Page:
Yes, I will be taking a new doctoral advisee next fall.  Please note that the application deadline for our Counseling Psychology PhD Program is December 1.

If you’re interested in getting a better sense of what I’m like as a person, here is a 20-minute video introduction.

Hint: If you watch the video on the YouTube website (by starting the video and then clicking on the “YouTube” icon in the lower right hand corner of the video window), you’ll be able to see a list of topics I talk about in the video description; clicking on a given topic will fast forward you to that part of the video.

In addition, to learn more about the structure and function of the HAMMER Lab and how UK PhD students contribute to the Lab, check out the hot-linked Table of Contents in the description of my “Introduction to the Hammer Lab” video.

My Mentoring Style

I was able to succeed professionally because of the high-quality mentoring I received over the course of my higher education.  Mentors like Dr. Lisa Spanierman, Dr. Glenn Good, Dr. David Vogel, and Dr. Noah Collins helped me learn the knowledge and skills I needed to get into graduate school, manage my time well, practice work-life balance, pursue the research and clinical opportunities that would help prepare me get to the next career step, and find a sense of belonging and community in my chosen profession of counseling psychology.  Providing mentoring to those who are earlier in their professional journeys is one of the most rewarding things I do as a professor.  Having mentored more than 30 undergraduate and graduate students over the last eight years, I have learned some valuable things about how I can best meet the needs of my mentees.  Creating a safe, healthy working relationship takes effort and intentionality.  There needs to be room for both humor and seriousness, as well as a balance of support and challenge.  I am invested in my mentees’ success and dedicated to helping them achieve their career goals.  If this sounds like the kind of mentoring you are looking for, please consider applying.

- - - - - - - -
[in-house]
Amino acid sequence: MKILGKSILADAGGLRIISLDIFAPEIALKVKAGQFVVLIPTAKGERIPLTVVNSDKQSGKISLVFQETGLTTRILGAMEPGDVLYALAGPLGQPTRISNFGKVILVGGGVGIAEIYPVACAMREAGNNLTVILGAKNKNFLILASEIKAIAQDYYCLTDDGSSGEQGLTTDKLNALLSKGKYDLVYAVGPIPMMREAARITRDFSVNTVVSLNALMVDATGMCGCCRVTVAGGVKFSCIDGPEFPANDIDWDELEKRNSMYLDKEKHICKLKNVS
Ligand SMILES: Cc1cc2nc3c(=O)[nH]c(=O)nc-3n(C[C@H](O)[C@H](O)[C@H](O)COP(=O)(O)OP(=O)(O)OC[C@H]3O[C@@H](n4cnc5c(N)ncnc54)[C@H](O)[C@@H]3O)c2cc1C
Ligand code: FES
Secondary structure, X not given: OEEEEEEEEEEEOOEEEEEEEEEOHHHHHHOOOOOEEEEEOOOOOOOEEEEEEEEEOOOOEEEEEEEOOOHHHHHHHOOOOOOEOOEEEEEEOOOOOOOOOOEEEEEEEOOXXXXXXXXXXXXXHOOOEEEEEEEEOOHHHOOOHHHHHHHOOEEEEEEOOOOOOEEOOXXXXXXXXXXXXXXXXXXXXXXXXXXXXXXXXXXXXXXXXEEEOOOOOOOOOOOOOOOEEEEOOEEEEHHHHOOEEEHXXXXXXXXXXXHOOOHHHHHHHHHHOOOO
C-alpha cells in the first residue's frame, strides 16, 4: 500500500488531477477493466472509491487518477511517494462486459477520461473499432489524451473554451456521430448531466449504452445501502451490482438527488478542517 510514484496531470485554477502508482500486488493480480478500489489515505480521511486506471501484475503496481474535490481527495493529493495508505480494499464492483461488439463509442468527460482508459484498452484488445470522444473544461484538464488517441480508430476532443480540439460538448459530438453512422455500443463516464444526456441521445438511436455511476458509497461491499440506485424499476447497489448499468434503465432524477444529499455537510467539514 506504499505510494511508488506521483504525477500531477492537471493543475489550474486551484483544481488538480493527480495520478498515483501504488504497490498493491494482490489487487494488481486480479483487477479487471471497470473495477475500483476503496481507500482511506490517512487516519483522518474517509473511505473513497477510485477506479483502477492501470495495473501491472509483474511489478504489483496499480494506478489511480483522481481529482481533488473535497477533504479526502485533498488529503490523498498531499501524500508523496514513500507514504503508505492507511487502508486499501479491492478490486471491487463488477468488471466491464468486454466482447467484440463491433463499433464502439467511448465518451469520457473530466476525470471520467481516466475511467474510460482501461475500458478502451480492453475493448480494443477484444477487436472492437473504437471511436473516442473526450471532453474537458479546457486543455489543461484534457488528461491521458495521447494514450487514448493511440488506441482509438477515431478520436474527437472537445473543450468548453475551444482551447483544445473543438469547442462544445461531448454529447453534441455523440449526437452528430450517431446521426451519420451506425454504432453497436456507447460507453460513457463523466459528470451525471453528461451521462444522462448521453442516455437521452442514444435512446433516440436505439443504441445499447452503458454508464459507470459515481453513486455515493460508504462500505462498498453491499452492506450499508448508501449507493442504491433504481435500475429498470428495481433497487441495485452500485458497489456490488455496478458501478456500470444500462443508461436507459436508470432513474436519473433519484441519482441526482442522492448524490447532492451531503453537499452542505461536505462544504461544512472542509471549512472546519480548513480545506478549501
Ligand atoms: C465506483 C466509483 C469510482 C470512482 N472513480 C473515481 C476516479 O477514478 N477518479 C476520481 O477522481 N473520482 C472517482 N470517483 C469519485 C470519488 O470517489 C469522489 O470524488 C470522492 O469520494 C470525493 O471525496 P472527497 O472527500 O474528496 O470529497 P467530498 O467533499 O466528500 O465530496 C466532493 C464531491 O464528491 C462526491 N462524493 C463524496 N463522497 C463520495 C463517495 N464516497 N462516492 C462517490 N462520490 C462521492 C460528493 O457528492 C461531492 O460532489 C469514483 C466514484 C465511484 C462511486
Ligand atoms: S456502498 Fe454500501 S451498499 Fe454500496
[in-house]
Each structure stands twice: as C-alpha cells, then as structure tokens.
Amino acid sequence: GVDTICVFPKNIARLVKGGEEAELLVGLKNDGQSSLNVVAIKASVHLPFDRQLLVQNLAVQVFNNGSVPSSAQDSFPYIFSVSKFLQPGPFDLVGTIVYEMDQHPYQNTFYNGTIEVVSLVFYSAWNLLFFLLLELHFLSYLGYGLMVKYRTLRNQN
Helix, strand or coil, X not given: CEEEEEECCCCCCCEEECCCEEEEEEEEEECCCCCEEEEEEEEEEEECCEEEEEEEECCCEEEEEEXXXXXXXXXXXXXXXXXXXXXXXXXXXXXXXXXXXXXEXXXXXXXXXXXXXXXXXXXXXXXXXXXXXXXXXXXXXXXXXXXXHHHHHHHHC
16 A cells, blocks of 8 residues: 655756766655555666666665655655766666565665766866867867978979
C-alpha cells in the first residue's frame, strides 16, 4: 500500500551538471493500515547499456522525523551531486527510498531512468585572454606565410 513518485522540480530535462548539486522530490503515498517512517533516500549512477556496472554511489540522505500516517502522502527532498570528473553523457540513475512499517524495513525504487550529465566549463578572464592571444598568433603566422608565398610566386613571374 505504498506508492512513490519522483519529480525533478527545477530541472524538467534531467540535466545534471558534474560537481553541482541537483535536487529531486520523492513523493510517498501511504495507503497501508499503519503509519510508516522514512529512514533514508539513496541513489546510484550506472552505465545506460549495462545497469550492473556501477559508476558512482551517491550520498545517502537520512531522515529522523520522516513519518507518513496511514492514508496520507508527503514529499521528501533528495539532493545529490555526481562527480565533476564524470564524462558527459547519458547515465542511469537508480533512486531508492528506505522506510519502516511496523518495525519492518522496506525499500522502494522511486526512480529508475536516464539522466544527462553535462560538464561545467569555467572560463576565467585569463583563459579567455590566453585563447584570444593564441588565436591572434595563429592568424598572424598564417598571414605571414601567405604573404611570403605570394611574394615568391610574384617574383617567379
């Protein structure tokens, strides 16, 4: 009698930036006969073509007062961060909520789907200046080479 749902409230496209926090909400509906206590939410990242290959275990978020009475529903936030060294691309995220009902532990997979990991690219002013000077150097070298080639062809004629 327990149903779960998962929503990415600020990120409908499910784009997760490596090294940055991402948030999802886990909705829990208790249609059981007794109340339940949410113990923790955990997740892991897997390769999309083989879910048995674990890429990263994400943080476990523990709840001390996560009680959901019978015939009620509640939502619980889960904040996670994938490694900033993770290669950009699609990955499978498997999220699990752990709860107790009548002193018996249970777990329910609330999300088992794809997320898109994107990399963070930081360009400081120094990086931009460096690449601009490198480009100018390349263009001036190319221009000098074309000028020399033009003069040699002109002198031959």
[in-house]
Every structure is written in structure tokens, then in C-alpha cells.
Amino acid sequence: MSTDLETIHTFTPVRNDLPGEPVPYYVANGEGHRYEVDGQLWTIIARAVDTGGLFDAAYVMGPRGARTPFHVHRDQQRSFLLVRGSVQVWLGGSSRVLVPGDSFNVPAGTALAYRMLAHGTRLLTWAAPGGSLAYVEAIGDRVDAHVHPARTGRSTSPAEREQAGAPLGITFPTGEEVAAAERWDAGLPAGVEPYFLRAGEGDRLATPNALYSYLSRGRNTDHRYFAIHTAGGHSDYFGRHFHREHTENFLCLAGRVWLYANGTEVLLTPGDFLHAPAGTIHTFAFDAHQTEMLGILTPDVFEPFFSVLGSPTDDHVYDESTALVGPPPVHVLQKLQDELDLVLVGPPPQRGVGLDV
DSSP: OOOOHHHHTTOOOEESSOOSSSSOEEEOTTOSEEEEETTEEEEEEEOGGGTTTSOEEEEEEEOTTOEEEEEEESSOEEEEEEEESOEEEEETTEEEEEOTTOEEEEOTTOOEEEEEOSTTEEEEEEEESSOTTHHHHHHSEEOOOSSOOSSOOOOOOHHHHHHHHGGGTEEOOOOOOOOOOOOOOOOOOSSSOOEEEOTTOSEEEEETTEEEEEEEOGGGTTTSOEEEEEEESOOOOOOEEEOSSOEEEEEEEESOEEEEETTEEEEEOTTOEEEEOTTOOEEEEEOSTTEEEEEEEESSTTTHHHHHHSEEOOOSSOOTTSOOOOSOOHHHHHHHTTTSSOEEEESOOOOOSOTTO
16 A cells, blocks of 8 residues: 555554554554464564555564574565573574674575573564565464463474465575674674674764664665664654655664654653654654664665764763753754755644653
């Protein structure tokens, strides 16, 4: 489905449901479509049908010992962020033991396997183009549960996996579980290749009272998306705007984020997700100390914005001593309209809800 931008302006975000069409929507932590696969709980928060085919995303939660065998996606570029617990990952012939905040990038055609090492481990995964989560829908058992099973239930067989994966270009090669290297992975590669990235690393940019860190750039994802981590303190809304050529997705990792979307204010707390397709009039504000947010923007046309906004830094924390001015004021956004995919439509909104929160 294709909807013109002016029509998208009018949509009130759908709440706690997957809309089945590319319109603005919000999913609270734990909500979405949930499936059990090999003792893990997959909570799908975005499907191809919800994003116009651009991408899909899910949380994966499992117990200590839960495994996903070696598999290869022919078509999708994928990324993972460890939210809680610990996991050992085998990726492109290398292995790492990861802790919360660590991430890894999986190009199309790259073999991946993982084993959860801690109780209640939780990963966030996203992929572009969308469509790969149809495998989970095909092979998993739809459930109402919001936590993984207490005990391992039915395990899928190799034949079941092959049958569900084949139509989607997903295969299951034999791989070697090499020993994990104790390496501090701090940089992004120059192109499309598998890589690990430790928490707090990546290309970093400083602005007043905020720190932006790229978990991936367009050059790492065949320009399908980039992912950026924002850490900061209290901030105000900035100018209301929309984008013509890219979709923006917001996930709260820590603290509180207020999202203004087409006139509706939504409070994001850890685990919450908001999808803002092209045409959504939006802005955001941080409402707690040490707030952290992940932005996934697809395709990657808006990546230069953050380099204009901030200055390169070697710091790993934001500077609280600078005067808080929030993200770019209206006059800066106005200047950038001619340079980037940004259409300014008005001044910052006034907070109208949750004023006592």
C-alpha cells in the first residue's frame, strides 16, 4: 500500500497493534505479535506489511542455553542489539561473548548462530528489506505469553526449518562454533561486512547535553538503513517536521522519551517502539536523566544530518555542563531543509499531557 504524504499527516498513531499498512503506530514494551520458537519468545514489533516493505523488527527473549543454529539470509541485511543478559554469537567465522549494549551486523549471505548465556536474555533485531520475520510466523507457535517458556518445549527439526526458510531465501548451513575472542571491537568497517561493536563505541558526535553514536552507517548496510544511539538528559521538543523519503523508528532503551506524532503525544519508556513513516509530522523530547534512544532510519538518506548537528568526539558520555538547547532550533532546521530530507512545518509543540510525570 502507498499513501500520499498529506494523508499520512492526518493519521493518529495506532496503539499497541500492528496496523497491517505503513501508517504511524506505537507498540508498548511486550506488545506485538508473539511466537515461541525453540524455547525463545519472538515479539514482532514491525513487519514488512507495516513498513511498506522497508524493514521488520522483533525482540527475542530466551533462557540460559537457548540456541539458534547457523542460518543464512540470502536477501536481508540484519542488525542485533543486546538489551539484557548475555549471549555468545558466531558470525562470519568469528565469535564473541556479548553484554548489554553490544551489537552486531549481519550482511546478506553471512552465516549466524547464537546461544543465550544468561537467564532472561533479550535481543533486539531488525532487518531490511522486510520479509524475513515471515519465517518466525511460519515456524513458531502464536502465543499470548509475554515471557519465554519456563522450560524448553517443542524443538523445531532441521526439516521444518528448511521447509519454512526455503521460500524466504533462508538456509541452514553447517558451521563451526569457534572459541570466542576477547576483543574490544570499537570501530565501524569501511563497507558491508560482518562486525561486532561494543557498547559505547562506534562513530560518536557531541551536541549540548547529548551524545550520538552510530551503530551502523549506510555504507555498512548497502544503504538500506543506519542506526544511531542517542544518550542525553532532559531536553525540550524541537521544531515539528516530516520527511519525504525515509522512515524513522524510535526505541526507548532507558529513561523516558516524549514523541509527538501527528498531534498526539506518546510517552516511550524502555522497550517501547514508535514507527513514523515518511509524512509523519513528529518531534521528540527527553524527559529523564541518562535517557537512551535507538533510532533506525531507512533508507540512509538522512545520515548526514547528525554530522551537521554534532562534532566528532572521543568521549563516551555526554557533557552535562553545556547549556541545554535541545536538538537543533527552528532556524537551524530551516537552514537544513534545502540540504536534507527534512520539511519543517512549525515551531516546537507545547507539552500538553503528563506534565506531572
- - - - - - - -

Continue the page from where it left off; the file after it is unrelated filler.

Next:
Before You Submit an Application

If you are interested in working with me, I recommend sending me an email expressing your interest, including the following information*:

1. The reason you are interested in working with me.
2. The specific questions or issues related to help seeking and/or multicultural measurement evaluation you are particularly interested in, and why they interest you.
3. Your prior research experience.  Specifically, who did you work with, what was your role, and what were you responsible for?  If you were the principal investigator (i.e., the person who is primarily responsible for conceptualizing, running, and writing up the study) on a given project, you’ll want to make that clear.
4. Optional: You might read several of my recent research papers and propose an idea for how to extend these findings, or propose an idea for a related study that you think would address an interesting open question. Don’t let this be an obstacle to sending an e-mail! I’m not looking for the next great research idea, just evidence that you know what I do, have a thoughtful interest in the topics I’m studying, and have the ability to generate your own ideas on these topics.

Please note that it is recommended but not required that you email me prior to submitting your application.  As long as you mention your interest in working with me in your application’s statement of purpose, your application will be brought to my attention.  I am always happy to answer via email any questions not addressed by the websites of the UK Graduate School, EDP Department, or Counseling Psychology Program.

*These prompts were adapted from Dr. George Alvarez.